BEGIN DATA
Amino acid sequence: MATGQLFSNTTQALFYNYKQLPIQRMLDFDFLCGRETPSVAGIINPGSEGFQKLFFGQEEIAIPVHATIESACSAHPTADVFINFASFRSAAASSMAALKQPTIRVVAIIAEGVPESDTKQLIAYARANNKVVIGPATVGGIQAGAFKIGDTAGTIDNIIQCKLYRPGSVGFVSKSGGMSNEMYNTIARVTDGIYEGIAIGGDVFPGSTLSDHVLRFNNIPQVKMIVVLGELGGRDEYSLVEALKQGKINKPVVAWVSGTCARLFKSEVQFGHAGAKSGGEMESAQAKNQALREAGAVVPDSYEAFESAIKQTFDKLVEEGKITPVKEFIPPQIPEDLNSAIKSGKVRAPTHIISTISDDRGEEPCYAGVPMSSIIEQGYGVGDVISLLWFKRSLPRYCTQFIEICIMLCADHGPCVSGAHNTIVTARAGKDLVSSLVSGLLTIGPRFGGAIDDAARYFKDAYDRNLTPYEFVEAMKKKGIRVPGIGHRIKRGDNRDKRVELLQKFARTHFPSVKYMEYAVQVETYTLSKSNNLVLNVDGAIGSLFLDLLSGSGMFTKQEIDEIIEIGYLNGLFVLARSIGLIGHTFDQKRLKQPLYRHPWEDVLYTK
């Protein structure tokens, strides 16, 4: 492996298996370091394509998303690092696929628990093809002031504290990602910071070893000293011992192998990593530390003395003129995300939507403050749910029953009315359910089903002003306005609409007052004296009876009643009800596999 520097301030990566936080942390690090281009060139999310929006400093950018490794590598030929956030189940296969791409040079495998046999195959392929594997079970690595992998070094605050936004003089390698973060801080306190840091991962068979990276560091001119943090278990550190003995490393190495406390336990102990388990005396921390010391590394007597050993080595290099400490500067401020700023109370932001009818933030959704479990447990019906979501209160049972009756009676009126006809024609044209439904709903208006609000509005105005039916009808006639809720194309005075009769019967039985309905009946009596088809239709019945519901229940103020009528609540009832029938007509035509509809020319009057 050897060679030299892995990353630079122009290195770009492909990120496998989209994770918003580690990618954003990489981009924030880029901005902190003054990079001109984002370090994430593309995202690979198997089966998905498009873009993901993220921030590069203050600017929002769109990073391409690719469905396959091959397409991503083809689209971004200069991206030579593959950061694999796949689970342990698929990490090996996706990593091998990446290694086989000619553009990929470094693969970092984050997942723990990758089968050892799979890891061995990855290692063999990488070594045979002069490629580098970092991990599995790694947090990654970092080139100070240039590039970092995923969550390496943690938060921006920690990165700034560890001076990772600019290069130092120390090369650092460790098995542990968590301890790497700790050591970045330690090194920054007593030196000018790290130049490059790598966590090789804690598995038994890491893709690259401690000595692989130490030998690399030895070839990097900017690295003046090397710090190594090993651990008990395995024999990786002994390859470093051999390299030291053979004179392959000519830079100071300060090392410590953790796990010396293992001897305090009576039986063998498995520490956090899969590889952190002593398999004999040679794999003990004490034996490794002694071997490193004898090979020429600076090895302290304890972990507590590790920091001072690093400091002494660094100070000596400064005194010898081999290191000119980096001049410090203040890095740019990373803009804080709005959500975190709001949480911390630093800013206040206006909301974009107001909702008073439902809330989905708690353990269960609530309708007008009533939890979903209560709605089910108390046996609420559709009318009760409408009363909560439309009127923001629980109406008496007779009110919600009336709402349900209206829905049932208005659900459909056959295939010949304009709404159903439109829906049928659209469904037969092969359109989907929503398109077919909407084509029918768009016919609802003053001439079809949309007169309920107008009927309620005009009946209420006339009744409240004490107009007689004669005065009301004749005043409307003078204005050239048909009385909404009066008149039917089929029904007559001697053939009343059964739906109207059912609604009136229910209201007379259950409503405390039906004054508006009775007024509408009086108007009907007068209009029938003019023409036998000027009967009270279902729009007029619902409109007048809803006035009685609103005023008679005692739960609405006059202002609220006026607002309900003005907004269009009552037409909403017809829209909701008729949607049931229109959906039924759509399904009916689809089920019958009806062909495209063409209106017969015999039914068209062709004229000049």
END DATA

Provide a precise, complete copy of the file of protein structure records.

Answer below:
Amino acid sequence: MATGQLFSNTTQALFYNYKQLPIQRMLDFDFLCGRETPSVAGIINPGSEGFQKLFFGQEEIAIPVHATIESACSAHPTADVFINFASFRSAAASSMAALKQPTIRVVAIIAEGVPESDTKQLIAYARANNKVVIGPATVGGIQAGAFKIGDTAGTIDNIIQCKLYRPGSVGFVSKSGGMSNEMYNTIARVTDGIYEGIAIGGDVFPGSTLSDHVLRFNNIPQVKMIVVLGELGGRDEYSLVEALKQGKINKPVVAWVSGTCARLFKSEVQFGHAGAKSGGEMESAQAKNQALREAGAVVPDSYEAFESAIKQTFDKLVEEGKITPVKEFIPPQIPEDLNSAIKSGKVRAPTHIISTISDDRGEEPCYAGVPMSSIIEQGYGVGDVISLLWFKRSLPRYCTQFIEICIMLCADHGPCVSGAHNTIVTARAGKDLVSSLVSGLLTIGPRFGGAIDDAARYFKDAYDRNLTPYEFVEAMKKKGIRVPGIGHRIKRGDNRDKRVELLQKFARTHFPSVKYMEYAVQVETYTLSKSNNLVLNVDGAIGSLFLDLLSGSGMFTKQEIDEIIEIGYLNGLFVLARSIGLIGHTFDQKRLKQPLYRHPWEDVLYTK
């Protein structure tokens, strides 16, 4: 492996298996370091394509998303690092696929628990093809002031504290990602910071070893000293011992192998990593530390003395003129995300939507403050749910029953009315359910089903002003306005609409007052004296009876009643009800596999 520097301030990566936080942390690090281009060139999310929006400093950018490794590598030929956030189940296969791409040079495998046999195959392929594997079970690595992998070094605050936004003089390698973060801080306190840091991962068979990276560091001119943090278990550190003995490393190495406390336990102990388990005396921390010391590394007597050993080595290099400490500067401020700023109370932001009818933030959704479990447990019906979501209160049972009756009676009126006809024609044209439904709903208006609000509005105005039916009808006639809720194309005075009769019967039985309905009946009596088809239709019945519901229940103020009528609540009832029938007509035509509809020319009057 050897060679030299892995990353630079122009290195770009492909990120496998989209994770918003580690990618954003990489981009924030880029901005902190003054990079001109984002370090994430593309995202690979198997089966998905498009873009993901993220921030590069203050600017929002769109990073391409690719469905396959091959397409991503083809689209971004200069991206030579593959950061694999796949689970342990698929990490090996996706990593091998990446290694086989000619553009990929470094693969970092984050997942723990990758089968050892799979890891061995990855290692063999990488070594045979002069490629580098970092991990599995790694947090990654970092080139100070240039590039970092995923969550390496943690938060921006920690990165700034560890001076990772600019290069130092120390090369650092460790098995542990968590301890790497700790050591970045330690090194920054007593030196000018790290130049490059790598966590090789804690598995038994890491893709690259401690000595692989130490030998690399030895070839990097900017690295003046090397710090190594090993651990008990395995024999990786002994390859470093051999390299030291053979004179392959000519830079100071300060090392410590953790796990010396293992001897305090009576039986063998498995520490956090899969590889952190002593398999004999040679794999003990004490034996490794002694071997490193004898090979020429600076090895302290304890972990507590590790920091001072690093400091002494660094100070000596400064005194010898081999290191000119980096001049410090203040890095740019990373803009804080709005959500975190709001949480911390630093800013206040206006909301974009107001909702008073439902809330989905708690353990269960609530309708007008009533939890979903209560709605089910108390046996609420559709009318009760409408009363909560439309009127923001629980109406008496007779009110919600009336709402349900209206829905049932208005659900459909056959295939010949304009709404159903439109829906049928659209469904037969092969359109989907929503398109077919909407084509029918768009016919609802003053001439079809949309007169309920107008009927309620005009009946209420006339009744409240004490107009007689004669005065009301004749005043409307003078204005050239048909009385909404009066008149039917089929029904007559001697053939009343059964739906109207059912609604009136229910209201007379259950409503405390039906004054508006009775007024509408009086108007009907007068209009029938003019023409036998000027009967009270279902729009007029619902409109007048809803006035009685609103005023008679005692739960609405006059202002609220006026607002309900003005907004269009009552037409909403017809829209909701008729949607049931229109959906039924759509399904009916689809089920019958009806062909495209063409209106017969015999039914068209062709004229000049």